Gary Mokotoff, Editor
Volume 22, Number 19 | My 9, 2021
Every government puts value on preserving its history. That is why we have national archives. Genealogy preserves history; the history of a family. It cannot be done without access to records, just as historians cannot preserve a nation's history without access to records. It is a greater good than the right to privacy. It is a greater good than the risk of identity theft.
Past issues of Nu? What's New? are archived at http://www.avotaynu.com/nu.htm
Underlined words are links to sites with additional information.
Happy Mother’s Day
Not much to report this week.
Library Archives Canada Announces Delays in Responding to Inquiries
Library Archives Canada (LAC) announced there are delays in responding to Access to Information Act and Privacy Act requests. From 2018/2019 to 2019/2020, LAC recorded a 54% increase in formal Access to Information (ATI) requests and a 170% increase in formal Privacy requests.
This critical situation was compounded by the exceptional measures put in place to curb the spread of COVID-19 and to protect the health and safety of Canadians and LAC’s employees. Most of these requests involve paper records requiring staff to circulate onsite.
The estimated processing timelines for all types of ATI and Privacy requests related to personnel files concerning military service members and civilians vary from 4 months to 28 months, depending on the type of request.
Additional information is at https://tinyurl.com/kn42kwv7. Reopening plans for LAC can be found at https://tinyurl.com/upxh5zkf.
Findmypast Adds 9M Australian Passenger Records
Findmypast has added more than 9M records to their collection: Australia, Inward, Outward & Coastal Passenger Lists 1826–1972. It can be searched at https://tinyurl.com/4sdd7wnr. You must log in or sign up first.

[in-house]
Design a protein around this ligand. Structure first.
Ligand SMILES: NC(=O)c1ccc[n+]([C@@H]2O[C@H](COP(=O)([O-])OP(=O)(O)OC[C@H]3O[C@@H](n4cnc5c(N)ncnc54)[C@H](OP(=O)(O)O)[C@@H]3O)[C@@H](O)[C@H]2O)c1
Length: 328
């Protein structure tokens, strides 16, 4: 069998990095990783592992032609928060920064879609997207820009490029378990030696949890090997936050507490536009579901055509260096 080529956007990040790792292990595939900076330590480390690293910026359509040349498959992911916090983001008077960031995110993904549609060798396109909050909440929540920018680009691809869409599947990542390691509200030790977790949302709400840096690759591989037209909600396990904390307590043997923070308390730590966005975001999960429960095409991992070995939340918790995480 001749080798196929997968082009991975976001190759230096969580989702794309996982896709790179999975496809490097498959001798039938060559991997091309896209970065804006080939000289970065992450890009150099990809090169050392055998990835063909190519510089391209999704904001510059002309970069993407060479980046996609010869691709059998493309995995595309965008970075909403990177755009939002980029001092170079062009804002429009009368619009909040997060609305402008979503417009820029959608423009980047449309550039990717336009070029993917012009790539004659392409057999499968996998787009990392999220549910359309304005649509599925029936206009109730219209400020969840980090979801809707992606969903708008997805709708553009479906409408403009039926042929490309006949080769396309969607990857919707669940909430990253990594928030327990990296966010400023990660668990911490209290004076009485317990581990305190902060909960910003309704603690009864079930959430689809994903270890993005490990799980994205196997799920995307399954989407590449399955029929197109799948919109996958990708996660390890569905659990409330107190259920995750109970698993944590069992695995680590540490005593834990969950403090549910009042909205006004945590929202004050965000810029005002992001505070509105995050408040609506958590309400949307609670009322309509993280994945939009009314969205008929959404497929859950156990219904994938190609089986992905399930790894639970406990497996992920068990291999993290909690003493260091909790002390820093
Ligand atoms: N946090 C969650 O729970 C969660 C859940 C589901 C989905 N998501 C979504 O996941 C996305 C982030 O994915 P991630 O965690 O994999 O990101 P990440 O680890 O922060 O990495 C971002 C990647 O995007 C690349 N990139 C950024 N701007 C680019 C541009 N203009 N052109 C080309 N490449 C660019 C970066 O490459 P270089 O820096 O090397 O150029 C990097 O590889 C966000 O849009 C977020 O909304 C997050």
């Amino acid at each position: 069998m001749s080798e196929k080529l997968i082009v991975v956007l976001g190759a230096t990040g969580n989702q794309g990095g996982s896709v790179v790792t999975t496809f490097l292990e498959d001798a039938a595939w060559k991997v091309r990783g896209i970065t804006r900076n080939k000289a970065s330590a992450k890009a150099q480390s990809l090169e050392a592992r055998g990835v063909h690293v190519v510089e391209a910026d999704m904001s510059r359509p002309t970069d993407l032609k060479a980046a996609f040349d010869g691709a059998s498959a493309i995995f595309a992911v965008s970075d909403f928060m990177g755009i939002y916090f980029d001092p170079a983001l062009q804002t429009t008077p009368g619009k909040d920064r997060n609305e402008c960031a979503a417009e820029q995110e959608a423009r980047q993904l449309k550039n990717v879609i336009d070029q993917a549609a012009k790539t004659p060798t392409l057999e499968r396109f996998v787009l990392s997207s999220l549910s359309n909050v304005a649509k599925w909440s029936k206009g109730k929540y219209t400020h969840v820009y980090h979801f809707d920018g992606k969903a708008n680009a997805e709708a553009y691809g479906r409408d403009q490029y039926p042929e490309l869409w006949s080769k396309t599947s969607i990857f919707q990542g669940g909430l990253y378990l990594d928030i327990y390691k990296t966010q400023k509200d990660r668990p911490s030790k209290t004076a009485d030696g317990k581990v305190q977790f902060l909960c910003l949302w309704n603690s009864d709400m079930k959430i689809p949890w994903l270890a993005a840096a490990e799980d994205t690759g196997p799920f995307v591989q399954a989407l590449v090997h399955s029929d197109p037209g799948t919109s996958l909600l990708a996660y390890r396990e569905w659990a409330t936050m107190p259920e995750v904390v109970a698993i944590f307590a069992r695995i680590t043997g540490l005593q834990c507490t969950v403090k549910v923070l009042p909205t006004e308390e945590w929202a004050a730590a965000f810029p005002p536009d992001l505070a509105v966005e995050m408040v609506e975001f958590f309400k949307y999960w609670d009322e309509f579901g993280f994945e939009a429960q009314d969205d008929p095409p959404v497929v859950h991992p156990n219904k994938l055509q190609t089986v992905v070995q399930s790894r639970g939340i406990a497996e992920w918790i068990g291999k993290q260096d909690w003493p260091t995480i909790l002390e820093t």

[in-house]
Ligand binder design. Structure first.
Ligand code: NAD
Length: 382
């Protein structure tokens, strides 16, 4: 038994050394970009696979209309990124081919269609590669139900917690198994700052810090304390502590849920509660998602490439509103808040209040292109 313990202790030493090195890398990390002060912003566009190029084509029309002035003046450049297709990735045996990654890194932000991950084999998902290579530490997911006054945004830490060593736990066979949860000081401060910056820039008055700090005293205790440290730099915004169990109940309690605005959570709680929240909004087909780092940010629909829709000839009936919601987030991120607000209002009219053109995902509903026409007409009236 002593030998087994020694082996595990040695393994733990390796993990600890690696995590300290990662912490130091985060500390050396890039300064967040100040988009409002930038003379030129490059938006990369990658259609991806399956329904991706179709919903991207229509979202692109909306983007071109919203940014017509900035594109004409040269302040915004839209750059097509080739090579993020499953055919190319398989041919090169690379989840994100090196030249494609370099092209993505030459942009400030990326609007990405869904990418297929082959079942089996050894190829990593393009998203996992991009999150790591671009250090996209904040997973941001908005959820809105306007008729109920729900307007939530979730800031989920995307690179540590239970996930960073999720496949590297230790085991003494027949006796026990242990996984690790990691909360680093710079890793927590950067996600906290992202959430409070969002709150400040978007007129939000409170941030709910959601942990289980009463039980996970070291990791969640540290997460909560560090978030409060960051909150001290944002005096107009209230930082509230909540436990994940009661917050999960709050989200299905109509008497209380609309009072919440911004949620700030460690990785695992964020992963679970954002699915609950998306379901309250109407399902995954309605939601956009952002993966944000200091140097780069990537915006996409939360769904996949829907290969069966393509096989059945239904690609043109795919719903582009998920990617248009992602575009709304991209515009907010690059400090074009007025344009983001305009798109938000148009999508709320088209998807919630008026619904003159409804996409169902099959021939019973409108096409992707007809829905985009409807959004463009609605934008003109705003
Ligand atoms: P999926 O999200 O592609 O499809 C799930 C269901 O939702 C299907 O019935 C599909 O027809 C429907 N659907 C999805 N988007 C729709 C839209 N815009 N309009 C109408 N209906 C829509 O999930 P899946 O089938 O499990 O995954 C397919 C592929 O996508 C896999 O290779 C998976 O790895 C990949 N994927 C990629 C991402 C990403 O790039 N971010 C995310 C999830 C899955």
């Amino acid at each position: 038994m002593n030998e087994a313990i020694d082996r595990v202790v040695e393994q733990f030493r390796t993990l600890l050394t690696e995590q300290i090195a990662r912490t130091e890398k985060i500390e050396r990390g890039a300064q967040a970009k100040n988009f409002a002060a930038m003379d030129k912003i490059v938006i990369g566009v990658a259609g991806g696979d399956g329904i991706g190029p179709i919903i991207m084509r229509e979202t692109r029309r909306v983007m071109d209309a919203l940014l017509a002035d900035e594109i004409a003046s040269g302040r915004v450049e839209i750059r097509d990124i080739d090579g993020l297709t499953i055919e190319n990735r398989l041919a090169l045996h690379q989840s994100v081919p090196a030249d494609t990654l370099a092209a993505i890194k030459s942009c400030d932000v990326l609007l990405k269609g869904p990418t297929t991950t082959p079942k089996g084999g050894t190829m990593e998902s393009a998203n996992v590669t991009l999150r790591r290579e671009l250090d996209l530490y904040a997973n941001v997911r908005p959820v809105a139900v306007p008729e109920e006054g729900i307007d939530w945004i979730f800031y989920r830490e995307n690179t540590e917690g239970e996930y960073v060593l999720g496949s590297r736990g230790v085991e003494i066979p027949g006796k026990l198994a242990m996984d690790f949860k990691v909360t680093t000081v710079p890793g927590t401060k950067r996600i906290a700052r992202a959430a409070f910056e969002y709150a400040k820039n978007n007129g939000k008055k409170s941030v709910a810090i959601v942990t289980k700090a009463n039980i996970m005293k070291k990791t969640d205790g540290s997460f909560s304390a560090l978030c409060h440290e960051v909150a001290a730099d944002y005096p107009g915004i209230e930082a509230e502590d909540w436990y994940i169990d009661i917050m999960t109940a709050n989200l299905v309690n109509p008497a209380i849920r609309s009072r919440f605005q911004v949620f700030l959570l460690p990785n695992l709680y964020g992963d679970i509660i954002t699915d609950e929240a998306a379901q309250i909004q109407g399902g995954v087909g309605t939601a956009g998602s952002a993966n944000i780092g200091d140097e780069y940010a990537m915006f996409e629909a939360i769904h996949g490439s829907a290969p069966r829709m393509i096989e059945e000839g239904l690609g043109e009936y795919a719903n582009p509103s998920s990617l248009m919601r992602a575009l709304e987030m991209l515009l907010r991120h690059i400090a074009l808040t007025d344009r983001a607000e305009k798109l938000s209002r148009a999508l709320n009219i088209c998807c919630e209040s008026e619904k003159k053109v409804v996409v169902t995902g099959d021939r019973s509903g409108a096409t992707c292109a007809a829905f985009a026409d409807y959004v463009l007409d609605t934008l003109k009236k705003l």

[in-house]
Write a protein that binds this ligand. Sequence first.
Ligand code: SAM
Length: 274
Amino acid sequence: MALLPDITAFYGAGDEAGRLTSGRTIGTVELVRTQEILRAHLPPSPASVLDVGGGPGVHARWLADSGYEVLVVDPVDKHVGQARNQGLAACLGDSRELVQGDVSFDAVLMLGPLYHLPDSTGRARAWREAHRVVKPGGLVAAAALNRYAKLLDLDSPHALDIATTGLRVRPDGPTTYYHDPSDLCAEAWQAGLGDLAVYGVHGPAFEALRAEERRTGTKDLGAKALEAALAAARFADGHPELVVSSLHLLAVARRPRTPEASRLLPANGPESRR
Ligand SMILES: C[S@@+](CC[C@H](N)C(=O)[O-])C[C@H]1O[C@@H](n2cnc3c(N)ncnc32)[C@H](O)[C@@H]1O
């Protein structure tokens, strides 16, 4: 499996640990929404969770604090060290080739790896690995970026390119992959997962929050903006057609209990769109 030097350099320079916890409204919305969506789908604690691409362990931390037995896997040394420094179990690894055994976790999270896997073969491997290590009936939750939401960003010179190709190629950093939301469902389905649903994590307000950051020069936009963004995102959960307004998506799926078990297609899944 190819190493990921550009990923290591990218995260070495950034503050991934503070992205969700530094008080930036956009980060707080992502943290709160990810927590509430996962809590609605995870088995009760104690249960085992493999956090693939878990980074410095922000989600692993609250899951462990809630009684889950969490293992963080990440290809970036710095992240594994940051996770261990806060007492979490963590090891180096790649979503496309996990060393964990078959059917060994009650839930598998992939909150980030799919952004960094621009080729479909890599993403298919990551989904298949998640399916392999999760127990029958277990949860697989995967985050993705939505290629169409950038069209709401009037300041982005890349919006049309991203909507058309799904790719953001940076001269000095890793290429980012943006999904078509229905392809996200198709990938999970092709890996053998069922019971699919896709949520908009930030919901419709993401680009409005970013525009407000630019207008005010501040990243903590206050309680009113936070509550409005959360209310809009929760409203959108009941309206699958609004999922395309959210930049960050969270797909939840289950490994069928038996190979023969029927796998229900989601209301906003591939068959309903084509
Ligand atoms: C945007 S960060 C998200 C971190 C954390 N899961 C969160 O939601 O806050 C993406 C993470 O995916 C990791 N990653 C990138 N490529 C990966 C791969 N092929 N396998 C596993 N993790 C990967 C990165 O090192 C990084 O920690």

The list included all members of the Mokotow family—Holocaust survivors—who immigrated to Australia 1949–1951.
Findmypast Says it Will Meet Its Commitment to Release 1921 UK Census In 2022
Despite a three-month shutdown, FindMyPast said that the 1921 census of England and Wales is still due to be released in early 2022. In March 2019, Findmypast announced that they had been awarded the contract to publish the census records online, with a launch date of January 2022.
Since then, the company has been at work scanning and transcribing the records, but the project suffered a three-month shutdown in 2020 and had resumed working at a “much-reduced staffing capacity”.
The announcement can be found at https://tinyurl.com/a5en24em.
New Collections at Ancestry.com
The only addition to Ancestry.com this week is an update to the U.S. 1860 census this week; no doubt a minor update. The list with links to individual collections can be found at https://www.ancestry.com/cs/recent-collections.
FamilySearch Expands U.S. City and Business Directories, ca. 1749 – ca. 1990 By 6.7M Records
A list of recent additions to FamilySearch can be found at https://tinyurl.com/rjw6wze5. This site provides direct links to the individual collections. The major update was adding 6.7M records to the index of United States City and Business Directories, ca. 1749 – ca. 1990.
Other additions total about 675K records. They include records from Albania, Brazil, Canada, Cape Verde, Croatia, Dominican Republic, England, Finland, France, Germany, Jamaica, Papua New Guinea, Paraguay, Puerto Rico, Samoa, South Africa, United Kingdom, United States, Uruguay, Venezuela and Zambia
Note that at the website, announced collections may not be complete for the dates specified and will be added at some later date. Also note that counts shown in the announcement are the number added, not the total number available in the collection, which can be greater.
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